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191831Z JAN 18


This article by Andy J. Semotiuk, “a U.S. and Canadian immigration lawyer, published author and former UN Correspondent with offices in New York and Toronto”, is supported with misrepresentations.

Early on, the author claims “only 2.4 percent of the French population are originally from Maghrebian countries”. 10% is the most common estimate cited by reputable sources.

Near the article’s end, he claims:

A more North American approach that rationalizes immigration by metrics employing more objective criteria could gradually reduce tensions. In a sense this is what Macron’s policy is trying to achieve with his “Talent Passport” initiative which could result in a better quality of immigrants from North Africa.
But the majority of legal migration into the US is family chain migration, something he should know as a US immigration lawyer.

In the rest of the article he argues against France being for the French people.

A narrow French nationalism needs to be replaced by a broader French patriotism. Until that happens, the problems of immigration will continue to plague France.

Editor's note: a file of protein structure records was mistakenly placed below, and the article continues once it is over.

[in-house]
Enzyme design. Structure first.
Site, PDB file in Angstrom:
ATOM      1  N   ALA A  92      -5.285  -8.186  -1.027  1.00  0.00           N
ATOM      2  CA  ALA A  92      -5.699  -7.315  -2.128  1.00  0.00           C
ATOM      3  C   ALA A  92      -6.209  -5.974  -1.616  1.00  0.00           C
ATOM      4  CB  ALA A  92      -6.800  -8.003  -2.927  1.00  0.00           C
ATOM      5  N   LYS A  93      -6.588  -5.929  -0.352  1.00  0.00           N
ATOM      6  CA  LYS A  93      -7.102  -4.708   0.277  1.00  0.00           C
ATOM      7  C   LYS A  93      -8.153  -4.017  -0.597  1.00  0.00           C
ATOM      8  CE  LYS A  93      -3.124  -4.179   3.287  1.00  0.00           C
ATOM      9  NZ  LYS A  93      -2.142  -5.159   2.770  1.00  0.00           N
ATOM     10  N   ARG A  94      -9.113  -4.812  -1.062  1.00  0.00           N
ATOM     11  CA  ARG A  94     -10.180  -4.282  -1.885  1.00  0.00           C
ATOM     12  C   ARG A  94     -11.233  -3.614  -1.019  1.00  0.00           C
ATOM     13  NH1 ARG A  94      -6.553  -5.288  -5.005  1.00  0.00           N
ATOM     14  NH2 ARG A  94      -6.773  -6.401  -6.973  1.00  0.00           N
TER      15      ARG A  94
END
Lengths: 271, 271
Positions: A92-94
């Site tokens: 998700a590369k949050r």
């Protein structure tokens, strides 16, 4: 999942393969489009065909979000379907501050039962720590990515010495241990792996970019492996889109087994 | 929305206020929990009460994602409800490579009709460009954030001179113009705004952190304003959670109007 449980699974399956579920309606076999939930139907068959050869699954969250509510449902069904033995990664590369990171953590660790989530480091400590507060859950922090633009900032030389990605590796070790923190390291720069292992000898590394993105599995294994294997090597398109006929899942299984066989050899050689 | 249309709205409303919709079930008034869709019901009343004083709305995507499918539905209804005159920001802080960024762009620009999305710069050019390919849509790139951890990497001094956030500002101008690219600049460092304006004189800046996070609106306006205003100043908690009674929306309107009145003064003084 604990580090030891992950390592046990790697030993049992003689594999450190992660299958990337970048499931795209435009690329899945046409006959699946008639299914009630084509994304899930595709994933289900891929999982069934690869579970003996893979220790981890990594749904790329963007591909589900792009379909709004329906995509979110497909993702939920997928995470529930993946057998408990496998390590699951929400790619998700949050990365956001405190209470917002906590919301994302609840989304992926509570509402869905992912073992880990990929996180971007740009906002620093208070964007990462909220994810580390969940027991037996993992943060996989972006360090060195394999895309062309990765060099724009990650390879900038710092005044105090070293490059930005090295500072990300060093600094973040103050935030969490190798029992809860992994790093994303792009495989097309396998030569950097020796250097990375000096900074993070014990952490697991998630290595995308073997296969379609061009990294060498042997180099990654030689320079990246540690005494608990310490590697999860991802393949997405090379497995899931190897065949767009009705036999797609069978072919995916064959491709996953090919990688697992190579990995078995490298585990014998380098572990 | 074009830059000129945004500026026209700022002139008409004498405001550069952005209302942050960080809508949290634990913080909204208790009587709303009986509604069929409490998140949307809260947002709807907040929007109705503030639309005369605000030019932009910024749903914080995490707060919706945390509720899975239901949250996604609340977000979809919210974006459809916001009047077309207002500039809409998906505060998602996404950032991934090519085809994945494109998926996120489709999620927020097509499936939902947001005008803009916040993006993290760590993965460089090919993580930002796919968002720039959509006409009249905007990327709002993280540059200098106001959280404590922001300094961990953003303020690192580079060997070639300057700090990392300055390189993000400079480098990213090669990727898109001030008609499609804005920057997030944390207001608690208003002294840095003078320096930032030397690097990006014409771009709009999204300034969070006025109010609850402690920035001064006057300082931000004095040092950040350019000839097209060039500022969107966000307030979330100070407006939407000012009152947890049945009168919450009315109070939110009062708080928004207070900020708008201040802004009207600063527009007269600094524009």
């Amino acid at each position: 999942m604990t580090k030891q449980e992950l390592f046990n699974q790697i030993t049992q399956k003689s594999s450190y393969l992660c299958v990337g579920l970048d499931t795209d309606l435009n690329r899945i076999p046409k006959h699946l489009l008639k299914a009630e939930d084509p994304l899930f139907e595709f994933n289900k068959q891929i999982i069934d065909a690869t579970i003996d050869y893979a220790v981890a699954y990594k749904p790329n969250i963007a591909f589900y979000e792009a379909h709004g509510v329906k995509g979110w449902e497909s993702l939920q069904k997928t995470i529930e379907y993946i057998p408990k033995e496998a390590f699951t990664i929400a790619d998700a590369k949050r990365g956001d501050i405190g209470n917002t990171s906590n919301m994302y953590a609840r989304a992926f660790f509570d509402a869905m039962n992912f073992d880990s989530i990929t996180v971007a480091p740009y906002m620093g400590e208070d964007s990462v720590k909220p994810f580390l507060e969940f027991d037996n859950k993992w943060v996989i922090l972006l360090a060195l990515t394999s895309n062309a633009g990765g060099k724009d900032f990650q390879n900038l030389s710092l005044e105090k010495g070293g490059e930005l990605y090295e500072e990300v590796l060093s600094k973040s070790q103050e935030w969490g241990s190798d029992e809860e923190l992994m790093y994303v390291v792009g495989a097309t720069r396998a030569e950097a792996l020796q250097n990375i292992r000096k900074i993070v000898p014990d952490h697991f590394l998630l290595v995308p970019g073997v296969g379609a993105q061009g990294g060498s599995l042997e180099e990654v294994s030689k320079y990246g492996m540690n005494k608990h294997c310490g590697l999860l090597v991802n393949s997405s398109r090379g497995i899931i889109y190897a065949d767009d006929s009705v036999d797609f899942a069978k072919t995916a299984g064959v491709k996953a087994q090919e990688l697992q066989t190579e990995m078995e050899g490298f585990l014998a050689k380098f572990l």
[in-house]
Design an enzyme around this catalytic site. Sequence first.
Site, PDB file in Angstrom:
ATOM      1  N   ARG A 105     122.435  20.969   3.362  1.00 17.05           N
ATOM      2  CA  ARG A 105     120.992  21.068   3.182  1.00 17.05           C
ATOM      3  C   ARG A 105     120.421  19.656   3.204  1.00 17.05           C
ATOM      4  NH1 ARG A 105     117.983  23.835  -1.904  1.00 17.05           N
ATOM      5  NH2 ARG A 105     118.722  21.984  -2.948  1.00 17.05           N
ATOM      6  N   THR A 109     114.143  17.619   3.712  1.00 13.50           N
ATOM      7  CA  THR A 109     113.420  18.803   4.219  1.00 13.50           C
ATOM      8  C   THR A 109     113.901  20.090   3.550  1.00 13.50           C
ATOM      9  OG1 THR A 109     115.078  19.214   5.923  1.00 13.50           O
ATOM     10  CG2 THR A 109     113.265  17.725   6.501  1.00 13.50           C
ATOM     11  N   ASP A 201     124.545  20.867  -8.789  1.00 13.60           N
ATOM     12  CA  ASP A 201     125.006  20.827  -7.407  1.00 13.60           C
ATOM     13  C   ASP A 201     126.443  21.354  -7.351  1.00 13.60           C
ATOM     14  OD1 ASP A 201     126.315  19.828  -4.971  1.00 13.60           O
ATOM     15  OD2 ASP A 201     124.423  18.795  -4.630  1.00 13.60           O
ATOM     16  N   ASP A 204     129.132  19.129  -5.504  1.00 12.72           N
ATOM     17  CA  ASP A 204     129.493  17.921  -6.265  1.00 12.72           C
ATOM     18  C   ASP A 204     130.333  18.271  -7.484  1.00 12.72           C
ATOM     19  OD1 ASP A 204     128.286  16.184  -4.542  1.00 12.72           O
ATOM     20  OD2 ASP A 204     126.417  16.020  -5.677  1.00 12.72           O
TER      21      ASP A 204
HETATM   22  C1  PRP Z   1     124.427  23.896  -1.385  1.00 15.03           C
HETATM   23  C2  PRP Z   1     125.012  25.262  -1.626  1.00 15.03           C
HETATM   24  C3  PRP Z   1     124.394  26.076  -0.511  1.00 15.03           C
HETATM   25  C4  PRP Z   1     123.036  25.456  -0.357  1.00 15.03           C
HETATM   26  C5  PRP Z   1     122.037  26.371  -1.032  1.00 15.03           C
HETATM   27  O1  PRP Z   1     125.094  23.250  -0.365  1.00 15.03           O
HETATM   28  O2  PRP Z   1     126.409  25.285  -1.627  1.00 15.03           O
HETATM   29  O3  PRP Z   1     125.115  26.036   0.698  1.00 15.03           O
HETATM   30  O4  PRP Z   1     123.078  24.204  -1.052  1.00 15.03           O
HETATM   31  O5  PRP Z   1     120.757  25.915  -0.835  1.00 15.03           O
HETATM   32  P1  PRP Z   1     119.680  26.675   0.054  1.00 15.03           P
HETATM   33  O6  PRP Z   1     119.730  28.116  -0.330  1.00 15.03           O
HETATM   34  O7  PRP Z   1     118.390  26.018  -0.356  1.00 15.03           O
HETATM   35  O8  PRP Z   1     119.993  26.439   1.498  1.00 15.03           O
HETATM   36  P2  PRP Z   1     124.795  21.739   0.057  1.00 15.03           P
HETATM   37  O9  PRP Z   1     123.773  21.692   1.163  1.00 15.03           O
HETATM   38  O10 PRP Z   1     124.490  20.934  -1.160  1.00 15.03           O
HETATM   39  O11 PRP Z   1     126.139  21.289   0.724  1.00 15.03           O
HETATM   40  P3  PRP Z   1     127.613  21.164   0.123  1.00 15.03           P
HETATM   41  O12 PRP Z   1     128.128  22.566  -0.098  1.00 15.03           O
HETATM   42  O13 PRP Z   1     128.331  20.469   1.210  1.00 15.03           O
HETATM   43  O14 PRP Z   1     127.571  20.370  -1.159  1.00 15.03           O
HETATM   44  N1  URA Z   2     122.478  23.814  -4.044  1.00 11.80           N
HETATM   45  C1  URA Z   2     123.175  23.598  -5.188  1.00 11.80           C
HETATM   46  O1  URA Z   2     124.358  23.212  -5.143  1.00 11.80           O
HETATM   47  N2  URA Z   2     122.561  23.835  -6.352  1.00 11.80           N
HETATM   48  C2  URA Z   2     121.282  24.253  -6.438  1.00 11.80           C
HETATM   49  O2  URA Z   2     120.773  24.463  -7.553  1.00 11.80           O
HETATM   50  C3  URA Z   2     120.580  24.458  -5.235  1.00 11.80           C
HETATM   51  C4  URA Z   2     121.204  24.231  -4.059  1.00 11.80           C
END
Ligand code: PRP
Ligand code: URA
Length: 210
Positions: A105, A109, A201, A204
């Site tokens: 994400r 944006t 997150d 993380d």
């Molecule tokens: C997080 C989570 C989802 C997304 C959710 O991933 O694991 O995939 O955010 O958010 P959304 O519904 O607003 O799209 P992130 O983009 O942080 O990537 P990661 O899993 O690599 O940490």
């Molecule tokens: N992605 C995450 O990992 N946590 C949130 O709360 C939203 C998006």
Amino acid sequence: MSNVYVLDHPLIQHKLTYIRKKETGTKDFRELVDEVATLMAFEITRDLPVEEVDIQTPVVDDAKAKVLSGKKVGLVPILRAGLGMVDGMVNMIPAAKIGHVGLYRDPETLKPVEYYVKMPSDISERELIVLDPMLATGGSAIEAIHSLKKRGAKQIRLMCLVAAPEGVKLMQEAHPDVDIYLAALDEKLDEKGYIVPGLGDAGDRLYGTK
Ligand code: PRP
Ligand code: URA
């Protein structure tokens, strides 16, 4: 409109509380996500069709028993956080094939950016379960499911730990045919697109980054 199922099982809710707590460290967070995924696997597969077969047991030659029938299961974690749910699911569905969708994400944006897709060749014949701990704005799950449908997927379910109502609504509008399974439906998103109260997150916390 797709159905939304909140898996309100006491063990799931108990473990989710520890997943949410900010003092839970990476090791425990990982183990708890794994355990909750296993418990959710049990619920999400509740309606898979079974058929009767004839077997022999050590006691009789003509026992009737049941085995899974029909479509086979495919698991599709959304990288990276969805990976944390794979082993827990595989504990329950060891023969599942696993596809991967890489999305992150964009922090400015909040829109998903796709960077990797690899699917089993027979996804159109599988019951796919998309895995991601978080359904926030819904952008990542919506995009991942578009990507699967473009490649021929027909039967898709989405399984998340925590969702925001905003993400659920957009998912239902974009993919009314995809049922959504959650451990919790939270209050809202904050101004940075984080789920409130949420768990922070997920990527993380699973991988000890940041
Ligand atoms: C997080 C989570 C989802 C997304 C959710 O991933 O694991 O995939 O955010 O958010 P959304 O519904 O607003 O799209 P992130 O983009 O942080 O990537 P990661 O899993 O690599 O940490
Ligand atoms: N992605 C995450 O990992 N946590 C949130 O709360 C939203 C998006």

Until French patriotism is emptied of all substance, he argues, the countries problems will continue.


When French President Emmanuel Macron recently visited Calais, he defended his immigration policies. Talking about the 100,000 new asylum claims filed in France last year, he made a distinction in his speech between economic migrants and refugees fleeing persecution. His message was balanced yet firm. He asserted that economic migrants should be turned back, while genuine refugees allowed to stay.

Following terrorist attacks in France two year ago, a sharp debate about immigration broke out. In addition to the National Front that never misses an opportunity to express its anti-immigrant views politically, Eric Zammour, a prominent French figure, ignited considerable controversy on television and radio programs in which he blamed all the troubles of France on French Muslim communities, particularly from North Africa, even though only 2.4 percent of the French population are originally from Maghrebian countries. A recent headline in Causeur, a popular French newspaper, proclaimed: “Immigration: France falls apart.” According to journalist Elizabeth Levy, the author of the headline, “the debate over immigration in France is still impossible.”


From CIW NEWS Contributor

France immigration infowar

See all news classified as France immigration infowar.

See all news on Paris and on France.

Paris - capital of France - is in the middle of the map below.

60.1° N
20.2° W
24.8° E
37.6° N


Paris, France

France (FR) is estimated to have a population of 66.8 million with a growth rate during 2010-2015 of 0.5% pa.
At the same rate of change, in five years' time its population will increase by 1.7 million.